In fact, the right to self-defence had never been renounced, but now Japan can, for instance, use its troops in conflict situations, and more importantly, call upon the troops of its allies. Coupled with the statement US president Barack Obama made about the disputed Senkaku islands falling within the scope of a US-Japanese security treaty, implying that the US would commit troops if there were a clash, there is no doubt a confrontational atmosphere has been created.

It would be naïve to think that this sparring – and much of it is just that – can be used to India’s advantage. Japan and China are locked in a tight economic embrace and have a dense network of relationships that will outlast these present tensions.

India should remain disentangled
It remains in India’s interests to build relations with Japan without getting entangled in the current military goals of the island nation. Japanese ambitions, at the moment, are in part a result of its alliance with the US. The rhetoric of the danger of China only helps to re-enforce the role of the US as a global policeman. This undermines efforts to strengthen regional alliances and institutions.

India has a long history of cordial relations with Japan that go beyond party politics. India waived reparation payments from Japan after World War II and sent a gift of an elephant to the Tokyo Zoo that was a great hit with Japanese children. Japan was invited to the first Asian Games held in Delhi in 1951, when Britain had kept it out of the Olympic Games in 1948. Cold War politics kept the two countries apart, but from the 1990’s India’s ‘look East’ policy brought in greater investment, joint ventures, aid as well as led to developing closer political ties.

Since 2006, Japan has been India’s global strategic partner and the two have held an annual strategic dialogue. India has worked with Japan on anti-piracy issues; India just invited Japan to participate in the Indo-US Malabar naval exercises.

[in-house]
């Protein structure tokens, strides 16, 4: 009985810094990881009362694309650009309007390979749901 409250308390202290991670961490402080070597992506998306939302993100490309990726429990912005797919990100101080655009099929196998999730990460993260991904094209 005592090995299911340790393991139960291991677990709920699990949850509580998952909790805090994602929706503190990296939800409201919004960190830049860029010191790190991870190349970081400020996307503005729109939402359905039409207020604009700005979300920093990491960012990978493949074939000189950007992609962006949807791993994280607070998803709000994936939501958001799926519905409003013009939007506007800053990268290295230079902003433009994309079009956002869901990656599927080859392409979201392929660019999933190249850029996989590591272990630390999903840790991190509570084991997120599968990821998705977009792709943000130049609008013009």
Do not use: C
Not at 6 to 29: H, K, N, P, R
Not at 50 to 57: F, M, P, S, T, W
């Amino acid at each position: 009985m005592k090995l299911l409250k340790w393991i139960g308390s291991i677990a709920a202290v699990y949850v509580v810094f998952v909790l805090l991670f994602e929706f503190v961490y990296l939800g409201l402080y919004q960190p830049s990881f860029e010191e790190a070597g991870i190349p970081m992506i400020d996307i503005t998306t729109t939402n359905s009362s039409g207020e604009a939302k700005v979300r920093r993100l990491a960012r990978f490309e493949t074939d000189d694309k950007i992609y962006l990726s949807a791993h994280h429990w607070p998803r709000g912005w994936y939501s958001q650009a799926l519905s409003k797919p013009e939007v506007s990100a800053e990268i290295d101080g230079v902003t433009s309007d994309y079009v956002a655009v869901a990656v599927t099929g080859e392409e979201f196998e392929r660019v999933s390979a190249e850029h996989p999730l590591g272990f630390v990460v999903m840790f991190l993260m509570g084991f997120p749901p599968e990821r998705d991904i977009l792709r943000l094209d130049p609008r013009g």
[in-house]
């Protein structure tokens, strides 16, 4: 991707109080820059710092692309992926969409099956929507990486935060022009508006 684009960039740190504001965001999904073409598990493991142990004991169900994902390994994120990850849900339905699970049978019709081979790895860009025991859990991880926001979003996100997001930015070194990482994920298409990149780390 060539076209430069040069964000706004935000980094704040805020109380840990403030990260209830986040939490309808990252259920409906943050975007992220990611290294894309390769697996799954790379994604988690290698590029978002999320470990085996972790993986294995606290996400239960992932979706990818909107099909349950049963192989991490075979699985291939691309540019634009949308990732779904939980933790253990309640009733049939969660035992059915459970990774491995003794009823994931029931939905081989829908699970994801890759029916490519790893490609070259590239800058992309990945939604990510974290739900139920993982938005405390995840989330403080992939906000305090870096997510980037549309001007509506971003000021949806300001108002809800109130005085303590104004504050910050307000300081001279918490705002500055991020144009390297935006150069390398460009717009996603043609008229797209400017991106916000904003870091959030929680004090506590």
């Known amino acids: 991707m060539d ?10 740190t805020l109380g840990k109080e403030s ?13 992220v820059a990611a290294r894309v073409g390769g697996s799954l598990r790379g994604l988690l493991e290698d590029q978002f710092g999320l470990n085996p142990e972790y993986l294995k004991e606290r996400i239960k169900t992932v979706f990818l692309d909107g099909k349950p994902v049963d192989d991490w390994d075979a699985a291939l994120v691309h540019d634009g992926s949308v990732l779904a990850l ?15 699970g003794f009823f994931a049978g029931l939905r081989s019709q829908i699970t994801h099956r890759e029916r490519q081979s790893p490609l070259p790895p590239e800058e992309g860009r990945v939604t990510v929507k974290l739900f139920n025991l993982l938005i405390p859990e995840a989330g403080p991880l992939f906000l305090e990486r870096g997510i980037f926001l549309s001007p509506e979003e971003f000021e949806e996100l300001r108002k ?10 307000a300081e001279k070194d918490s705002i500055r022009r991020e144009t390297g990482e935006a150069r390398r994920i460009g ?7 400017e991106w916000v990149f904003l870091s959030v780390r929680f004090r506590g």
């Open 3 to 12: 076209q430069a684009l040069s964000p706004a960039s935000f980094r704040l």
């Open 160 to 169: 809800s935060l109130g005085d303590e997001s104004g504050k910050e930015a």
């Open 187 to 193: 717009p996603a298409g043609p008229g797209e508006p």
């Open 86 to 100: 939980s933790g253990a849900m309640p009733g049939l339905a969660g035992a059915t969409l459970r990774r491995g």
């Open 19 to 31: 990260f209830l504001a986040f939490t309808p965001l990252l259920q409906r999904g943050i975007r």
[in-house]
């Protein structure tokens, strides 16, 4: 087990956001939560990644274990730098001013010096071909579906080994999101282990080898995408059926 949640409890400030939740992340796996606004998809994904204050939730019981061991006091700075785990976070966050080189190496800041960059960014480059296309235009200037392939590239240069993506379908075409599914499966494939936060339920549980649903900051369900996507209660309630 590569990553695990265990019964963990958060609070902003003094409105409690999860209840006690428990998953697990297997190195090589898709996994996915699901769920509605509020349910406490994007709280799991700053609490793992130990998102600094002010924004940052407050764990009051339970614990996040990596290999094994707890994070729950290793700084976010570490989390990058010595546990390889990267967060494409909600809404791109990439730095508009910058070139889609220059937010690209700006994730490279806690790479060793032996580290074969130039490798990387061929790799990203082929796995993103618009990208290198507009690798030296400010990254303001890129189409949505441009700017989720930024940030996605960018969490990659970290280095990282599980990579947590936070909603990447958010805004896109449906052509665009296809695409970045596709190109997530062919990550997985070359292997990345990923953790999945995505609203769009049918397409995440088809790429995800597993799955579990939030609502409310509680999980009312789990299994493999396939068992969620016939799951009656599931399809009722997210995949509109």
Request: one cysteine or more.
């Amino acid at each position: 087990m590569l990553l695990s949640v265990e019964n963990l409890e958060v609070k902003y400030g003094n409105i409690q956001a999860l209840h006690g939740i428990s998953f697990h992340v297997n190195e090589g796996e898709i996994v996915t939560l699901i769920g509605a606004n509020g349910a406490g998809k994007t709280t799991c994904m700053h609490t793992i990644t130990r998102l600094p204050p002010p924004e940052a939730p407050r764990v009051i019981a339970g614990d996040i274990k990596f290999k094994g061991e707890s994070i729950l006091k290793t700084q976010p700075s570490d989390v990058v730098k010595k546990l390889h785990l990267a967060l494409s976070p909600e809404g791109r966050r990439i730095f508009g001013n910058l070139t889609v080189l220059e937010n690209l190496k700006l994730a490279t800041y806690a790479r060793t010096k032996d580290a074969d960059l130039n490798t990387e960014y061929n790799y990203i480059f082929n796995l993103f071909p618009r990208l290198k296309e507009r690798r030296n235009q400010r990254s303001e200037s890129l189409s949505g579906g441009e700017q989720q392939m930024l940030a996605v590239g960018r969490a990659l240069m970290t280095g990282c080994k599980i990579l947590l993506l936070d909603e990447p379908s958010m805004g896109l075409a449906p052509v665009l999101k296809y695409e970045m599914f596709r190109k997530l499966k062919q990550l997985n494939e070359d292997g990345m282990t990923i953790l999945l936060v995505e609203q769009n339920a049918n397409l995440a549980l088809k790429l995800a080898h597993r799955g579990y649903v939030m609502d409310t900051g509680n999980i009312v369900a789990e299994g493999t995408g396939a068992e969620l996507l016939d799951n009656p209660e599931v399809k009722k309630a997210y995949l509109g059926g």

India is currently negotiating the import of amphibious aircraft. This is a major step for Japan. It is exporting military hardware for the first time since 1967. Japan has the capital and experience to play a major role in India’s economic sphere. But the larger issue is that there are other areas that need as much, perhaps even greater, attention. To take just two examples of areas that call for greater cooperation: public education and public health.

Why can’t we collaborate with the Japanese, both in improving the infrastructure of public education and, through research collaboration between the universities and research institutions, to scale up capabilities? Two, public health is crucial and here Japanese medical technologies and expertise could play a pivotal role in improving the medical infrastructure that will improve the quality of life and lay the basis for well-rounded development.

Such collaborations between India and Japan will address the greater challenges of political authoritarianism and skewed development that this region faces, and provide new opportunities for both countries to help re-shape their own countries while simultaneously building a better regional environment.

Brij Tankha is a scholar of contemporary Japan.